Extending the MR-Egger method for multivariable Mendelian randomization to correct for both measured and unmeasured pleiotropy

17 Oct 2017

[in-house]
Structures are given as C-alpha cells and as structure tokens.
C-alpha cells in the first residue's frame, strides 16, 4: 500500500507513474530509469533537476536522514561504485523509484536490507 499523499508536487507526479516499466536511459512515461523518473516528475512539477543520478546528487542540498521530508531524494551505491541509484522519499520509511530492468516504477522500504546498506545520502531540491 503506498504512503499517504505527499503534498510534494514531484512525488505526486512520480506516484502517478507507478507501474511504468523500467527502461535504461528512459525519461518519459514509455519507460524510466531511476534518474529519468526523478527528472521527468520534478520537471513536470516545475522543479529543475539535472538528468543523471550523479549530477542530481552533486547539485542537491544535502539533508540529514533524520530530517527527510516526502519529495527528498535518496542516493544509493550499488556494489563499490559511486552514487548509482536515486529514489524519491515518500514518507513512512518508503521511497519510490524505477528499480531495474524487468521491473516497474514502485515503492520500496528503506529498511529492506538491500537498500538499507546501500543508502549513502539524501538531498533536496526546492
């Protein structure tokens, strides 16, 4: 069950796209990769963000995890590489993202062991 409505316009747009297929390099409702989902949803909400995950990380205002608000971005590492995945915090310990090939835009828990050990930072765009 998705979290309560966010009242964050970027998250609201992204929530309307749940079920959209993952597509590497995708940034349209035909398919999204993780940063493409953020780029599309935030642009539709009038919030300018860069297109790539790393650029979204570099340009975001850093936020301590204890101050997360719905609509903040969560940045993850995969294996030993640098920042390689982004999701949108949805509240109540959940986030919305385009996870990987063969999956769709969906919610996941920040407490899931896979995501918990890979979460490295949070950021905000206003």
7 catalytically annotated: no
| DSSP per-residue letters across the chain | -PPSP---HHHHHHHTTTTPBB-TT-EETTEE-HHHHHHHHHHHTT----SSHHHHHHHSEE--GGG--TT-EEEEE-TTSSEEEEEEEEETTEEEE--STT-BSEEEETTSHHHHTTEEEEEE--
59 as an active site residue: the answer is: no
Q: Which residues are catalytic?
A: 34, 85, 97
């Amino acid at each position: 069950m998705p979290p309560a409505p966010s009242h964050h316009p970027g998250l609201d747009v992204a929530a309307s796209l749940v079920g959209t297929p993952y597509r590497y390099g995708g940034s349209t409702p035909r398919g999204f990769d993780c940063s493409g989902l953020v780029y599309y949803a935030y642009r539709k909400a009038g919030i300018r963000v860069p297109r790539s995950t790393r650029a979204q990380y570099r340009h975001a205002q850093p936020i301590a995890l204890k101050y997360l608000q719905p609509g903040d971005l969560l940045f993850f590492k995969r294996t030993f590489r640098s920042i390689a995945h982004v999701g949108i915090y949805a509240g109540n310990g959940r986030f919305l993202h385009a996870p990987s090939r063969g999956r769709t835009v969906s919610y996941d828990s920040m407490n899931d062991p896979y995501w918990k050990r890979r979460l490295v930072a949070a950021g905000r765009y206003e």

Methods have been developed for Mendelian randomization that can obtain consistent causal estimates while relaxing the instrumental variable assumptions. These include multivariable Mendelian randomization, in which a genetic variant may be associated with multiple risk factors so long as any association with the outcome is via the measured risk factors (measured pleiotropy), and the MR-Egger (Mendelian randomization-Egger) method, in which a genetic variant may be directly associated with the outcome not via the risk factor of interest, so long as the direct effects of the variants on the outcome are uncorrelated with their associations with the risk factor (unmeasured pleiotropy). In this paper, we extend the MR-Egger method to a multivariable setting to correct for both measured and unmeasured pleiotropy. We show, through theoretical arguments and a simulation study, that the multivariable MR-Egger method has advantages over its univariable counterpart in terms of plausibility of the assumption needed for consistent causal estimation, and power to detect a causal effect when this assumption is satisfied. The methods are compared in an applied analysis to investigate the causal effect of high-density lipoprotein cholesterol on coronary heart disease risk. The multivariable MR-Egger method will be useful to analyse high-dimensional data in situations where the risk factors are highly related and it is difficult to find genetic variants specifically associated with the risk factor of interest (multivariable by design), and as a sensitivity analysis when the genetic variants are known to have pleiotropic effects on measured risk factors.